Publisher: Penguin Classics Deluxe
Release Date: First published in 1962
Merricat Blackwood lives on the family estate with her sister Constance and her Uncle Julian. Not long ago there were seven Blackwoods—until a fatal dose of arsenic found its way into the sugar bowl one terrible night. Acquitted of the murders, Constance has returned home, where Merricat protects her from the curiosity and hostility of the villagers. Their days pass in happy isolation until cousin Charles appears. Only Merricat can see the danger, and she must act swiftly to keep Constance from his grasp.
I wanted this book basically because of the creepy looking front cover (seriously, it’s hauntingly beautiful) and the intriguing title. I didn’t really have a clue what it was about or know anything about the author, but I was very excited when the in-laws got it me for Christmas.
This is an odd little book – I’m not really sure how else to describe it. It did take me a little while to get into it. It’s quite slow to start as it builds up the character of Merricat and her relationship with the villagers. Merricat is a rather creepy narrator, almost addictive in her voice: the more you read of her, the more you get wrapped up in her strange little world of ritual and magic and childishness until you are completely absorbed by her. Then it doesn’t matter what terrible things she says or does – how the villagers deserve to die, or destroying someone’s possessions – because you are on her side completely.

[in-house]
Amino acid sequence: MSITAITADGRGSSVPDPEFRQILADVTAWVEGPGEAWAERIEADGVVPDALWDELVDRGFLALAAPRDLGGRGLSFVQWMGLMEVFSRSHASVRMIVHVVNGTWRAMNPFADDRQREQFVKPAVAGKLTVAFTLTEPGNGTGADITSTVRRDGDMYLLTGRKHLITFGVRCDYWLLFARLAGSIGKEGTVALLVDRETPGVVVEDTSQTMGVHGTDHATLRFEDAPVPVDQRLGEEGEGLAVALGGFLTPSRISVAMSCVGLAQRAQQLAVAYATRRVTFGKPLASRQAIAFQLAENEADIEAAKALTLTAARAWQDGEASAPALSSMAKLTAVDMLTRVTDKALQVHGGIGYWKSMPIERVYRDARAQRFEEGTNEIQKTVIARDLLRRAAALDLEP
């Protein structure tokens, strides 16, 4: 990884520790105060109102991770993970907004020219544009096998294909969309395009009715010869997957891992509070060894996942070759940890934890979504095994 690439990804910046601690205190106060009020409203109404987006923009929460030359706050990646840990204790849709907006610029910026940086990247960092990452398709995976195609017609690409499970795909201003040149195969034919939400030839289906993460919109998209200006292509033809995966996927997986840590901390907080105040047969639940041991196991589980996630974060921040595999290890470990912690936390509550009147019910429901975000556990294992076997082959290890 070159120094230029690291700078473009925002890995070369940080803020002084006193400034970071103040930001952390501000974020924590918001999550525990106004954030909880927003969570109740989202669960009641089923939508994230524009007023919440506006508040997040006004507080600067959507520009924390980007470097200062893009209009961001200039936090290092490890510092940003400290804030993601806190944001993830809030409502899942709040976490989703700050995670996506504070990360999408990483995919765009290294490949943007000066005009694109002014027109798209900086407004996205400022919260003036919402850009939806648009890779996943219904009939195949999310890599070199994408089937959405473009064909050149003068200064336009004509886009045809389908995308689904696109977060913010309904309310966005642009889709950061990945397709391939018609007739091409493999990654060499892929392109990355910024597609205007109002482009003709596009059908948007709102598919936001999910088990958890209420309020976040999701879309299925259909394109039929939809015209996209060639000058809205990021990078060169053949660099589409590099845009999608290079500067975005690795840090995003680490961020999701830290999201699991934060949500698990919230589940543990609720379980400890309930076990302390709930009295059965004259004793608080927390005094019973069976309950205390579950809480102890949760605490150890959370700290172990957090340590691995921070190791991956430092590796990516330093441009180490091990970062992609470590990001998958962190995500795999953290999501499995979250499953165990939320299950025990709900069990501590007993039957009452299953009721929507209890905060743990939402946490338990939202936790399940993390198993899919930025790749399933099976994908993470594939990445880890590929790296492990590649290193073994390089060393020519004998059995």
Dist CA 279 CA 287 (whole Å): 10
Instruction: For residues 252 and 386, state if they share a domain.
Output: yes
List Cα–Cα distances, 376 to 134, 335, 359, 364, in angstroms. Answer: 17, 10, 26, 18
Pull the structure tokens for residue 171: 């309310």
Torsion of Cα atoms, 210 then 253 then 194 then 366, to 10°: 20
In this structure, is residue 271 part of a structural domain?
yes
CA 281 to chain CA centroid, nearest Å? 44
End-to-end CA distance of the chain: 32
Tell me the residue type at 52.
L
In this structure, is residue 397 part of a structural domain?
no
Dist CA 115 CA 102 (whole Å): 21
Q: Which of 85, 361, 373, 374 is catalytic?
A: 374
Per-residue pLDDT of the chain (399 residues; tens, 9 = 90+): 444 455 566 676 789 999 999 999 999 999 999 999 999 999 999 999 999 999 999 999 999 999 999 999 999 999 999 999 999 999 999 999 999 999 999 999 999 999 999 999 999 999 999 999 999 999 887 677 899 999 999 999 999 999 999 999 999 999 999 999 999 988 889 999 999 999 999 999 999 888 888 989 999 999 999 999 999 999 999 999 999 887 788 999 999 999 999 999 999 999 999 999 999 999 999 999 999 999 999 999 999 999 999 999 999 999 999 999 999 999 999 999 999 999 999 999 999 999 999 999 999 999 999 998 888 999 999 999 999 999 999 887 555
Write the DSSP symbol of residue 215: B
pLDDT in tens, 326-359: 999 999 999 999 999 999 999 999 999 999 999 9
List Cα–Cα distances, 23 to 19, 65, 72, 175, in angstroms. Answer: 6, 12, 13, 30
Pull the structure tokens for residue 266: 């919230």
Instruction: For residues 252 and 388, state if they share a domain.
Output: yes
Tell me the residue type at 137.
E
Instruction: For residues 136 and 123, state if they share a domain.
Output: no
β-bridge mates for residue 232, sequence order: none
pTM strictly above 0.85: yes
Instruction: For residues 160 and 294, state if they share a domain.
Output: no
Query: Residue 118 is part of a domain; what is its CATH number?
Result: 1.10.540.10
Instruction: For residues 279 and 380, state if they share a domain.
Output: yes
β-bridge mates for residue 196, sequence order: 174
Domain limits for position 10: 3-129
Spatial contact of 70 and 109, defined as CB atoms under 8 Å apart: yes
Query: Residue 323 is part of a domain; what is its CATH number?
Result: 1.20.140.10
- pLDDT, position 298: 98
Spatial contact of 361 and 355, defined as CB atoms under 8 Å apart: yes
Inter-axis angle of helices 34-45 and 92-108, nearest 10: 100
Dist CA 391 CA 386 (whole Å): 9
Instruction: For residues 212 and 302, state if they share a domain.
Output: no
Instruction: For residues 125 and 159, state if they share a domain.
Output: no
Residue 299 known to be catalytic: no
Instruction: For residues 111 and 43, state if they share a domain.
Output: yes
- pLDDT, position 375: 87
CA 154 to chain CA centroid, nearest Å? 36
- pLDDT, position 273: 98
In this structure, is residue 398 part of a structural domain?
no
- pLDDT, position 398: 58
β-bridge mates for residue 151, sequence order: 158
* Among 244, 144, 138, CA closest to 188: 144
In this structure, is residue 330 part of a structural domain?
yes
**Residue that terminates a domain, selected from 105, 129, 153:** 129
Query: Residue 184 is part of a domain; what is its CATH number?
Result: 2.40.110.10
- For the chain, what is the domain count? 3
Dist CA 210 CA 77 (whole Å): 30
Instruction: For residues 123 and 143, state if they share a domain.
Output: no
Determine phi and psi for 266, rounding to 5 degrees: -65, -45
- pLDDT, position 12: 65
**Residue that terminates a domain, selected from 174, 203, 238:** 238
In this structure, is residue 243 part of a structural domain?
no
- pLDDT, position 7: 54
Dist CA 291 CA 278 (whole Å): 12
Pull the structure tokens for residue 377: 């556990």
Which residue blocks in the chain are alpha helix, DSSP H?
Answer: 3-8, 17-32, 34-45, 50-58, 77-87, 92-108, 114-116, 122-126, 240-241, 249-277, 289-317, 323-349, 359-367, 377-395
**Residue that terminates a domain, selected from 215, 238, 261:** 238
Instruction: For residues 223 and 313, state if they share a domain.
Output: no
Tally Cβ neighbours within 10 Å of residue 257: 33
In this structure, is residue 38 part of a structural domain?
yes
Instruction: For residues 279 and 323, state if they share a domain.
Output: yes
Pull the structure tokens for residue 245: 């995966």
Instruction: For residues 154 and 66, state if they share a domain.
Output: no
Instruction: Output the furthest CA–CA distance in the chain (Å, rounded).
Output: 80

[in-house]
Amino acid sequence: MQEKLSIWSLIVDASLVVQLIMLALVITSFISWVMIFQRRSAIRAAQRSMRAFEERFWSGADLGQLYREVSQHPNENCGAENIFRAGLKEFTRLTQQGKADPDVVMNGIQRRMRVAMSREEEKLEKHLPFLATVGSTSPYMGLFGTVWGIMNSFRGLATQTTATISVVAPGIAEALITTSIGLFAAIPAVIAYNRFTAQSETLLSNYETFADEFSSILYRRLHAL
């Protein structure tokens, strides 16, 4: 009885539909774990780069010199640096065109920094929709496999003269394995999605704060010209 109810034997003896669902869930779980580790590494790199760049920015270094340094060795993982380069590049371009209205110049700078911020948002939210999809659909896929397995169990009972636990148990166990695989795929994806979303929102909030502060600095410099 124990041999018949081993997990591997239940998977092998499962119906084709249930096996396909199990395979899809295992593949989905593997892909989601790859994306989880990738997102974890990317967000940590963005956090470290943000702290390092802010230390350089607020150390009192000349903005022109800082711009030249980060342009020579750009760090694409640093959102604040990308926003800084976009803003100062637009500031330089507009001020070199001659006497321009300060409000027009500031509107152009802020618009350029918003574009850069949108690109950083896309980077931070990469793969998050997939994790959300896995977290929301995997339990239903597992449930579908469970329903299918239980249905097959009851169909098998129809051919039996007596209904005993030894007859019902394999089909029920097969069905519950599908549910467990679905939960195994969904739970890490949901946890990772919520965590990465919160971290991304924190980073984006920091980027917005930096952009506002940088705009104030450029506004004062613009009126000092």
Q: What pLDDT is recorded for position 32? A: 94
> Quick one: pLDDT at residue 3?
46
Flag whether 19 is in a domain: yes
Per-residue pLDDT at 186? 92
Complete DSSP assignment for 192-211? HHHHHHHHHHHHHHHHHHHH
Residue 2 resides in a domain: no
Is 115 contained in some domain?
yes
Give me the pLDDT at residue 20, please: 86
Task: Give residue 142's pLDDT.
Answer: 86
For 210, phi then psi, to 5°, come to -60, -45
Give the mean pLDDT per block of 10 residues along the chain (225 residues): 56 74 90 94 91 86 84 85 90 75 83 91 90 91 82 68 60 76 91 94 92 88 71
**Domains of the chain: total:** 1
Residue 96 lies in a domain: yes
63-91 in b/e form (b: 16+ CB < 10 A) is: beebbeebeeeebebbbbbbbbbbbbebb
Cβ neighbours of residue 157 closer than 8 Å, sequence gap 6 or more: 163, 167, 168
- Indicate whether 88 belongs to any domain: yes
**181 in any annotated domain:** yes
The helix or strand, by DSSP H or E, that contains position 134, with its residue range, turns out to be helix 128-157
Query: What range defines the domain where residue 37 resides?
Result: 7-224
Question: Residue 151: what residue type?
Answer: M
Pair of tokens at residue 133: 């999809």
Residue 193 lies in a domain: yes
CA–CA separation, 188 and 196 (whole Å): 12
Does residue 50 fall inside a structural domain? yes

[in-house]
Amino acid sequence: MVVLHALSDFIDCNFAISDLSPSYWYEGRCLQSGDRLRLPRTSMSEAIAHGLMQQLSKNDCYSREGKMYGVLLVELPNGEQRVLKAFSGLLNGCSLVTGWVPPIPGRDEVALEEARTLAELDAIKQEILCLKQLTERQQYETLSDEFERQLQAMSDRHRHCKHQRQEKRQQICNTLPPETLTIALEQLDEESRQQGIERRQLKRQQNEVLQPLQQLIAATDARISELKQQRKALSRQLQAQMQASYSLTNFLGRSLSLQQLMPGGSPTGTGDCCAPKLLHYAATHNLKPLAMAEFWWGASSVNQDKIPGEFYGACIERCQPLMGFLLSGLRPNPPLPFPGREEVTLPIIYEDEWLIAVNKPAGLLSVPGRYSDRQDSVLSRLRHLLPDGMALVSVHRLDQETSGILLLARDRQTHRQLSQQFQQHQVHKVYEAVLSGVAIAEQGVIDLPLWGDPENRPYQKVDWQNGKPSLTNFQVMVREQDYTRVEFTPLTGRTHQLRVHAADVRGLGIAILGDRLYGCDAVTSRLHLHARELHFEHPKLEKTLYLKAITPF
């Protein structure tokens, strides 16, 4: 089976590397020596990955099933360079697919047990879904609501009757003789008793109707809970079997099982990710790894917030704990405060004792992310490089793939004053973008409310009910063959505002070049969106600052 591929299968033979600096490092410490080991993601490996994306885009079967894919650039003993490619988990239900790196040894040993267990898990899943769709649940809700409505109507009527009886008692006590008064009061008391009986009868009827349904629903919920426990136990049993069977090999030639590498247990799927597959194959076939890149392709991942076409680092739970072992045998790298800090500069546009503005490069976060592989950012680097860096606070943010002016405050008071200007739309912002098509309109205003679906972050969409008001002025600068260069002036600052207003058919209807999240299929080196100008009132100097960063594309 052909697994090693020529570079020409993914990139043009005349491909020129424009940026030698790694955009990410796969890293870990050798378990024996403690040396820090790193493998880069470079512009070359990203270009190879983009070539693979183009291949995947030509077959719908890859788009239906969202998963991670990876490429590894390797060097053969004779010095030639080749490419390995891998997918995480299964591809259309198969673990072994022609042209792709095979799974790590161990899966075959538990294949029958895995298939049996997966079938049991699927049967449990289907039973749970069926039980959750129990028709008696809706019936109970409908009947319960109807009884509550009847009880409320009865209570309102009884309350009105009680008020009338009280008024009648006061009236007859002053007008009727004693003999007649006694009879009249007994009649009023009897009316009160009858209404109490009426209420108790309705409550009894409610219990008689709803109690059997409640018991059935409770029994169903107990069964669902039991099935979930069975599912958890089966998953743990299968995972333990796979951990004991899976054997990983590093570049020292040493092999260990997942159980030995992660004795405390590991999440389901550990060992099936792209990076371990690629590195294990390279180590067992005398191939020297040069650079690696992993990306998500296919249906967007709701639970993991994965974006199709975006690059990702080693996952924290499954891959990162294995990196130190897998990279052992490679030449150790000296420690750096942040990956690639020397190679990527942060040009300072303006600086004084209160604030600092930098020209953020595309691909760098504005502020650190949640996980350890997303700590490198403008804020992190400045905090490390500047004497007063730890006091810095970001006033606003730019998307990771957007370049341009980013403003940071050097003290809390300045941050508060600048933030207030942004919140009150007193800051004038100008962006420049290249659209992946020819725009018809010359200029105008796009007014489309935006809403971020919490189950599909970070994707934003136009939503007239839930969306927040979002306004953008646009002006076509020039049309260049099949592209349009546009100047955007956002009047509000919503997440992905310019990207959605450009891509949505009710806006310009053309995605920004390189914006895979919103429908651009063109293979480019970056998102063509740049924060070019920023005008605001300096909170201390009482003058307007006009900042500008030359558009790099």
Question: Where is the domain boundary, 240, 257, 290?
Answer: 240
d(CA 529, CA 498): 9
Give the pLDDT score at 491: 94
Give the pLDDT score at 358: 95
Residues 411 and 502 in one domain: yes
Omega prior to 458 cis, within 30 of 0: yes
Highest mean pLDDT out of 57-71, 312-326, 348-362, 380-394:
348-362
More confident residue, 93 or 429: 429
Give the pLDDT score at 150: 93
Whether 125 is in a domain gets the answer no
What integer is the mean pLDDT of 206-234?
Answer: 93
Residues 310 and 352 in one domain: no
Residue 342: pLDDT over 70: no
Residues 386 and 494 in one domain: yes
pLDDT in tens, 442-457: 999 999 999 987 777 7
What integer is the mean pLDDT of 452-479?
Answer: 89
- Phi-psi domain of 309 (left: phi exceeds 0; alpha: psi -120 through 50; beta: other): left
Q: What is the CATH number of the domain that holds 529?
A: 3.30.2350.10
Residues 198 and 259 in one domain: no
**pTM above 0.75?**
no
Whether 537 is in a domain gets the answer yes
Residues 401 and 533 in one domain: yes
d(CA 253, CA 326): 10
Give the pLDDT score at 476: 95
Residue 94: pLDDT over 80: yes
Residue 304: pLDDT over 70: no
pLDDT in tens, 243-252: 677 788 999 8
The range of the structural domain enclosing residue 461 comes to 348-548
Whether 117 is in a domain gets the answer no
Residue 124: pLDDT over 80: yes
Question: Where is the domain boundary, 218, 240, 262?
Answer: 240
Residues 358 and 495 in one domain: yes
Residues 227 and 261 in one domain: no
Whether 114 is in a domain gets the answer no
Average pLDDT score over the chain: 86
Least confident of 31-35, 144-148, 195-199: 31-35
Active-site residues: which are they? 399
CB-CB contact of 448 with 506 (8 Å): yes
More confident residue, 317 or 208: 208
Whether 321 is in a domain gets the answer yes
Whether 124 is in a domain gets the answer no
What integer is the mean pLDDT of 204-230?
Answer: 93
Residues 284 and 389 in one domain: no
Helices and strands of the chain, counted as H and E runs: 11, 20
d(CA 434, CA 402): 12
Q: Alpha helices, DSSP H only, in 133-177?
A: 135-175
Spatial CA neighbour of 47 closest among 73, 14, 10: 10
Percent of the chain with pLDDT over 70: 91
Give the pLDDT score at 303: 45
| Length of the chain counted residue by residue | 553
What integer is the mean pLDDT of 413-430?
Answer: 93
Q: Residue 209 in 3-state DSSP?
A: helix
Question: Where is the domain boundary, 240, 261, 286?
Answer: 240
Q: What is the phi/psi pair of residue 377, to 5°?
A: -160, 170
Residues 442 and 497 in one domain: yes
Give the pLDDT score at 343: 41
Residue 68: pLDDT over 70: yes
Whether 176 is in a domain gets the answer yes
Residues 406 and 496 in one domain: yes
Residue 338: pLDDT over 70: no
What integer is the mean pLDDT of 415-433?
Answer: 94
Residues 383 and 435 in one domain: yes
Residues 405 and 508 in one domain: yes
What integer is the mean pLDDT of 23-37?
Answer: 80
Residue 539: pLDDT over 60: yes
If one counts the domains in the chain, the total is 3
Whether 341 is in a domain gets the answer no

This is a different kind of horror story for me, one based in subtleness rather ghosts and bumps in the night. It comes in Merricat’s words and the way Uncle Julian recounts every detail of ‘that night’, the way the three are stuck in their routines and the way the villagers chant their creepy nursery rhyme at them and torment them as their world falls apart. I imagine this isn’t to everyone’s tastes, but if you’re looking for a bit of a different classic to read then I’d recommend giving this one a try.